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Online Pelvic Floor Group Education Program for Women With Persistent Genital Arousal Disorder/Genito-Pelvic Dysesthesia: Descriptive Feasibility Study

Authors
  • Jackowich, Robyn A1
  • Mooney, Kayla M1
  • Hecht, Evelyn2
  • Pukall, Caroline F1
  • 1 Queen's University, Kingston, ON , (Canada)
  • 2 EMH Physical Therapy, New York, NY , (United States)
Type
Published Article
Journal
JMIR Formative Research
Publisher
JMIR Publications
Publication Date
Jan 11, 2021
Volume
5
Issue
1
Identifiers
DOI: 10.2196/22450
PMID: 33427673
PMCID: PMC7834936
Source
PubMed Central
Keywords
License
Green
External links

Abstract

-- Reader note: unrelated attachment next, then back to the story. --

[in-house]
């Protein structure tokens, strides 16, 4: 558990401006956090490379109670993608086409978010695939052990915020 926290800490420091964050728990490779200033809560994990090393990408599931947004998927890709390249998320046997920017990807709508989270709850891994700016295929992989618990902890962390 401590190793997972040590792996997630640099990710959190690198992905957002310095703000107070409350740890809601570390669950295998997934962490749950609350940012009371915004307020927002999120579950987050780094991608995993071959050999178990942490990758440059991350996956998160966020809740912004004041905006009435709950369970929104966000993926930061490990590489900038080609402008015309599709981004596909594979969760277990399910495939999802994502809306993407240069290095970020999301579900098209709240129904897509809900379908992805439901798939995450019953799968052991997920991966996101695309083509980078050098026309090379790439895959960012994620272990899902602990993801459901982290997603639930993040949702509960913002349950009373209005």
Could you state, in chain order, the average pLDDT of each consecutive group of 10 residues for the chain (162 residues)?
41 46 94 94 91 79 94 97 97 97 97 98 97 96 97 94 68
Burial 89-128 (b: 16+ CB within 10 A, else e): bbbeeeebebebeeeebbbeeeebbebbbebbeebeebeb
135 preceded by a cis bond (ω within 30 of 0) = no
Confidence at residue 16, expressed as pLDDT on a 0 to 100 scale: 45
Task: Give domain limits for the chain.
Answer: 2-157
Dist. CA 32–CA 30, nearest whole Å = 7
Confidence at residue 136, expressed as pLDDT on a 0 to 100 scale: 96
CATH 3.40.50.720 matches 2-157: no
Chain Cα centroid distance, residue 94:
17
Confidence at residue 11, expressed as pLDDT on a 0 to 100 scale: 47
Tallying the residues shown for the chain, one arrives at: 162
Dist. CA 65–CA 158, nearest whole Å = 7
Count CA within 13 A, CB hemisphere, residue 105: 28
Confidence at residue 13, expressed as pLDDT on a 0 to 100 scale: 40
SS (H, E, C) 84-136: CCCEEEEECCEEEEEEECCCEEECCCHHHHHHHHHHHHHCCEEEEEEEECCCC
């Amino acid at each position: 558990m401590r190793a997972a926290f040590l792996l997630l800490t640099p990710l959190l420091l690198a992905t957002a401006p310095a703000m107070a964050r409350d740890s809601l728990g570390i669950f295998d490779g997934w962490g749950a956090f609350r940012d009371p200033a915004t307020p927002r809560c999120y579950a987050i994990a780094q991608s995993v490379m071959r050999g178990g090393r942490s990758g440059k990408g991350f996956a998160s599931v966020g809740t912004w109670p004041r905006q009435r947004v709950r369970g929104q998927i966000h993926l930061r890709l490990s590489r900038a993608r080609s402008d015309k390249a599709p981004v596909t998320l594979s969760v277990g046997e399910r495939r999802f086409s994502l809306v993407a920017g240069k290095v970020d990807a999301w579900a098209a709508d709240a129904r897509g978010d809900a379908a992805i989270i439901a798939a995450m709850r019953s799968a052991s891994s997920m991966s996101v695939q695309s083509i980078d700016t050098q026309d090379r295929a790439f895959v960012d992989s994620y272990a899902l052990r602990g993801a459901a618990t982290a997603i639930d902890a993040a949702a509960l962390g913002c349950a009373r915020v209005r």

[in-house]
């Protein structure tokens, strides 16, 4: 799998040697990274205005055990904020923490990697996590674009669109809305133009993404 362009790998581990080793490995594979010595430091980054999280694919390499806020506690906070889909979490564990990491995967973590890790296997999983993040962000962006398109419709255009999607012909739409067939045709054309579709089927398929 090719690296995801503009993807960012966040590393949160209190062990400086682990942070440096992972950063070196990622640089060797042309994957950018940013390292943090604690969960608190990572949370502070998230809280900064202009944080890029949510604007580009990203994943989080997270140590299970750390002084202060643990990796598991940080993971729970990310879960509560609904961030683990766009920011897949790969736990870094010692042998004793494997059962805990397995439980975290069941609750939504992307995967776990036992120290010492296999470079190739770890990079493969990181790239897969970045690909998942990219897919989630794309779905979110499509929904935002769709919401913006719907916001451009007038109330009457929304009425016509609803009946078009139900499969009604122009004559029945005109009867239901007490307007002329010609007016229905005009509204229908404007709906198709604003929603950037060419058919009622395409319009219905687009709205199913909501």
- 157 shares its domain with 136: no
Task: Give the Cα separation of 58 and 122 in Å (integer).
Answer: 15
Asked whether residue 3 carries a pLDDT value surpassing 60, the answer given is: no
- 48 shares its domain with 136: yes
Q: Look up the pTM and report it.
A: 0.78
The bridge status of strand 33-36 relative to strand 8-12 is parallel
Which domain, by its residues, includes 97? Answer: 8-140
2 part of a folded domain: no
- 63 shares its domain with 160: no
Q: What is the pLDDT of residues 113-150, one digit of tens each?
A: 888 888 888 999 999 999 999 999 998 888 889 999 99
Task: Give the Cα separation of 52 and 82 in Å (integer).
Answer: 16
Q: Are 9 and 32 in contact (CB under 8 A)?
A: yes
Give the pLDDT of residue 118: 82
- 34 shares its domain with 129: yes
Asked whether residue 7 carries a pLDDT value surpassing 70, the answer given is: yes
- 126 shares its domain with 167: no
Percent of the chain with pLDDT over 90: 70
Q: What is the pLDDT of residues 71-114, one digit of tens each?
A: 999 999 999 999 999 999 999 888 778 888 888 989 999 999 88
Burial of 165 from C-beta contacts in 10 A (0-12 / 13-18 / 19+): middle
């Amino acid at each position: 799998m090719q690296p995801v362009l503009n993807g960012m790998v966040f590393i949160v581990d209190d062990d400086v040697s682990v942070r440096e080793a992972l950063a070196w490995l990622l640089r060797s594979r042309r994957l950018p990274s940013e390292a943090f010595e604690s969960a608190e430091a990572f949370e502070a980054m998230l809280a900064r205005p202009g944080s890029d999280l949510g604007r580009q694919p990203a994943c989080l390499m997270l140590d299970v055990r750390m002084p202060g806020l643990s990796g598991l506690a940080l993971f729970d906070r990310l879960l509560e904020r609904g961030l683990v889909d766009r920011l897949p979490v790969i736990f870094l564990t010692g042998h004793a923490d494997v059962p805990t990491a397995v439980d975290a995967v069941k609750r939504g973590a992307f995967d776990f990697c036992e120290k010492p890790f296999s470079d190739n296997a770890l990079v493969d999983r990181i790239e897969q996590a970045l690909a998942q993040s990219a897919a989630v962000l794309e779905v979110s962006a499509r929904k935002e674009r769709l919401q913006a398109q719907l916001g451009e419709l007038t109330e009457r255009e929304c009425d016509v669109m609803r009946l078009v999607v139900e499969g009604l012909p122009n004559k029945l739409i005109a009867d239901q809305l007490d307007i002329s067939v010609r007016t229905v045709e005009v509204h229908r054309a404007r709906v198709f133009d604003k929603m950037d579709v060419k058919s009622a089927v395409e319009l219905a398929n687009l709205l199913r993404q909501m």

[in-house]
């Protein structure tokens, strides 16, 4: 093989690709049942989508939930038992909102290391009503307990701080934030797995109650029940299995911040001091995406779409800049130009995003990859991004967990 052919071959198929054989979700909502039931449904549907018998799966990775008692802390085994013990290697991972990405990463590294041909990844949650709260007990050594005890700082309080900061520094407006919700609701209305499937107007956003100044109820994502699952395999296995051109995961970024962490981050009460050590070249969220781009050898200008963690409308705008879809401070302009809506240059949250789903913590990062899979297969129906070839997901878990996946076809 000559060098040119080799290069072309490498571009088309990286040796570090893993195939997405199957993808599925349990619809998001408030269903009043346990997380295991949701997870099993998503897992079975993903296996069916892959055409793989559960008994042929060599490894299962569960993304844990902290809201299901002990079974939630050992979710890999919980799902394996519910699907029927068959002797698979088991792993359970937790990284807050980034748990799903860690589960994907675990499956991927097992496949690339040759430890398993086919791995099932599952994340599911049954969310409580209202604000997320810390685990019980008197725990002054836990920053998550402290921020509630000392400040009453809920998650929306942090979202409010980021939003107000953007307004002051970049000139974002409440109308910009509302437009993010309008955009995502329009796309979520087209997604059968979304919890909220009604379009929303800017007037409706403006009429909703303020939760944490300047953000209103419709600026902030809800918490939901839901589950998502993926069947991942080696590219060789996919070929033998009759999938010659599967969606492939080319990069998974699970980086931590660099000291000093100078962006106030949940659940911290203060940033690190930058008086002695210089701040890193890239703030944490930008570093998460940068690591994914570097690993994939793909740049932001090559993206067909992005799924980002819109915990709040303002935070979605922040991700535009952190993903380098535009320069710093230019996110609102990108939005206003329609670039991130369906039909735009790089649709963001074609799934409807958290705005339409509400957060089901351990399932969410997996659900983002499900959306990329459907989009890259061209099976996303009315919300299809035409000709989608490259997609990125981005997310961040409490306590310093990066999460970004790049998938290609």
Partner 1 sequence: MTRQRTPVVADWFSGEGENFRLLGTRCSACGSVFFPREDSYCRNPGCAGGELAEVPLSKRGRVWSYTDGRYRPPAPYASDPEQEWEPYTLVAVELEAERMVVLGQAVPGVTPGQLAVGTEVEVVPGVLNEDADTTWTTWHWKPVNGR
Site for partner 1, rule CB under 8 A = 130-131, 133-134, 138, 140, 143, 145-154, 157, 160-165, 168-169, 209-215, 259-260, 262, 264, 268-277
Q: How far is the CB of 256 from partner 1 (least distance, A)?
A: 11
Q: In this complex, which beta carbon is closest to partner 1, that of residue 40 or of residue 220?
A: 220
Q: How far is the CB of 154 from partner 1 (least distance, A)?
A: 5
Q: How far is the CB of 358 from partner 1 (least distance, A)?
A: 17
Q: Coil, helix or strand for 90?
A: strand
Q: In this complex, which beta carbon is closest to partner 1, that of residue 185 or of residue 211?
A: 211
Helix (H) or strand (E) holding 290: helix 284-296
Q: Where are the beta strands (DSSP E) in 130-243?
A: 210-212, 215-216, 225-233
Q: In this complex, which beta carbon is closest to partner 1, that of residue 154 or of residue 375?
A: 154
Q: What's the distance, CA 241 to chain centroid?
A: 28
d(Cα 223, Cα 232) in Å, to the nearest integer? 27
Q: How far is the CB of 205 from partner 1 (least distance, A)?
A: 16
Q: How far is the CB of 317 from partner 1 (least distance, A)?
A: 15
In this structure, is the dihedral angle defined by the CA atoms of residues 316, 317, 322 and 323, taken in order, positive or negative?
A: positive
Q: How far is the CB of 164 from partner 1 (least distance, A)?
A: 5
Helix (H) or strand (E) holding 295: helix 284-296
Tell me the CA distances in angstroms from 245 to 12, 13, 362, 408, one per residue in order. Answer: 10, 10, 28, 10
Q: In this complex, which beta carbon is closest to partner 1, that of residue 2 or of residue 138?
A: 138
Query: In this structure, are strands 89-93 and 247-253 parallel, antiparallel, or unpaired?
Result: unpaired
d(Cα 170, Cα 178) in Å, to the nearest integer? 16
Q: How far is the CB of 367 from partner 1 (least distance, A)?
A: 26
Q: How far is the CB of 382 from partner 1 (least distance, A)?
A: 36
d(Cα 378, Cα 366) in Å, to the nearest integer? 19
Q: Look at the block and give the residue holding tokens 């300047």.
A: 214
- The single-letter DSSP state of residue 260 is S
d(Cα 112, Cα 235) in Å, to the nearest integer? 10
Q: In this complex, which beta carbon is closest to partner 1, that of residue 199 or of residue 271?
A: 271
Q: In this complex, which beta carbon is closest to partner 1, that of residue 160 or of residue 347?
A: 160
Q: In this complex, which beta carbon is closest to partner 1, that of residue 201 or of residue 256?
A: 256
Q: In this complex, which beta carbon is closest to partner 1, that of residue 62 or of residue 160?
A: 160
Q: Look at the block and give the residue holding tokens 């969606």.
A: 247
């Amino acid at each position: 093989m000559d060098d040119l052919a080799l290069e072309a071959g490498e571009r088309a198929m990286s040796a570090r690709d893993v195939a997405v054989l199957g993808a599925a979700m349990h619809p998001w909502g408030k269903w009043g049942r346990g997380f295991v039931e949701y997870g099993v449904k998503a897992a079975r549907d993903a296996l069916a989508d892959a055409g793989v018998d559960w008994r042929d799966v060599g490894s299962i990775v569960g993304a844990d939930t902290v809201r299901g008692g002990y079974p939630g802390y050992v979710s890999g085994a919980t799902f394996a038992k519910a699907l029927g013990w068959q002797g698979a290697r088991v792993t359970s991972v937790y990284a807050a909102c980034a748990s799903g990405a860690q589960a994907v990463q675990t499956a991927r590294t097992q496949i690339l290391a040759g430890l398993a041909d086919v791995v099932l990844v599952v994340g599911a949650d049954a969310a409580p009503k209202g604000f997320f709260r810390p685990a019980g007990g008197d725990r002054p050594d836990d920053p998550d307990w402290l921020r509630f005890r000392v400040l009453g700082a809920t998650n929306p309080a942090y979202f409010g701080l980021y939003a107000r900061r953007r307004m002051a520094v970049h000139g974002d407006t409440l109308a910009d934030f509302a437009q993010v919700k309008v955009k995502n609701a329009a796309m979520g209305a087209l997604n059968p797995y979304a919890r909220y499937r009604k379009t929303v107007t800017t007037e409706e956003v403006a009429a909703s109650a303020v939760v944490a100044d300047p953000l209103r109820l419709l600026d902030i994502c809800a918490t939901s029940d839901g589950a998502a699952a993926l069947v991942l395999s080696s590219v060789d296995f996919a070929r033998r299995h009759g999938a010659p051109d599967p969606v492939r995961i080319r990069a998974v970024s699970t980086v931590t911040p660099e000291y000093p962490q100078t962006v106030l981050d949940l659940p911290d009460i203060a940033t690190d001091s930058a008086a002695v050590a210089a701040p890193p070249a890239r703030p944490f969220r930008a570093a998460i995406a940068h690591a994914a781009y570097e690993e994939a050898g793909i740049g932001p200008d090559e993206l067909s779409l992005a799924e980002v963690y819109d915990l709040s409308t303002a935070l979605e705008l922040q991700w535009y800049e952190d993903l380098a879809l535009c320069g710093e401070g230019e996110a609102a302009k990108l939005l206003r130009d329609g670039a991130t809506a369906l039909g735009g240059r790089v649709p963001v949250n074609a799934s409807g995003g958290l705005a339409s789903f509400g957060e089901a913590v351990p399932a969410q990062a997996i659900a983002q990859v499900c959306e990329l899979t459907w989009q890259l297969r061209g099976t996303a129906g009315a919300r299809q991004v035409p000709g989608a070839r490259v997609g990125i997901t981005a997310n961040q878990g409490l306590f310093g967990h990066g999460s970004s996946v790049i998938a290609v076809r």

Background Persistent genital arousal disorder/genito-pelvic dysesthesia (PGAD/GPD) is a highly distressing yet poorly understood condition characterized by persistent genito-pelvic sensations, often described as “genital arousal,” which occur in the absence of sexual desire. PGAD/GPD is associated with significant impairment in psychosocial and daily functioning; however, there are currently no empirically validated treatment algorithms for PGAD/GPD. Pelvic floor physical therapy exercises have been found to be effective at reducing other forms of genito-pelvic discomfort, such as vulvodynia, and may also be beneficial to those experiencing PGAD/GPD. Many individuals with PGAD/GPD report difficulty finding a health care provider who is knowledgeable about PGAD/GPD; therefore, pelvic floor education and exercises in an online format may have the potential to reach more individuals in need. Objective This study examined the feasibility of an online pelvic floor group education program; descriptively assessed outcomes related to distress, discomfort, catastrophizing, and mood; and obtained feedback from participants in order to inform the development of improved online group programs. Methods Fourteen women with current symptoms of PGAD/GPD attended an online, 8-session pelvic floor group education program. Participants completed questionnaires of symptoms (ie, symptom distress, discomfort) and psychosocial well-being (ie, depression, anxiety, symptom catastrophizing) prior to the group sessions (Time 1), immediately after the final group session (Time 2), and 6 months following the final group session (Time 3). Participants also completed an anonymous feedback questionnaire immediately following the group program. Results Overall, participants who attended a larger number of the group sessions (>5 sessions, n=7) appeared to report lower baseline (Time 1) symptoms and psychosocial impairment than those who attended fewer sessions (<5 sessions, n=7). A pattern of small improvements was seen following the group sessions on symptom and psychosocial outcomes. In the feedback questionnaire, breathing and relaxation exercises were described to be the most helpful home practice exercises, and participants rated sessions on (1) the relationship between emotions and PGAD/GPD symptoms and (2) relaxation exercises to be the most helpful. A number of barriers to participation in the group program were also identified, including comorbid health concerns and lack of personal time to complete the program/exercises. Conclusions Online interventions provide an opportunity to reach international participants who may otherwise struggle to access a knowledgeable provider for their PGAD/GPD symptoms. Addressing barriers may help to increase participants’ abilities to engage in the program. Future programs may seek to integrate a greater focus on relaxation strategies and cognitive-affective strategies for managing PGAD/GPD symptoms.

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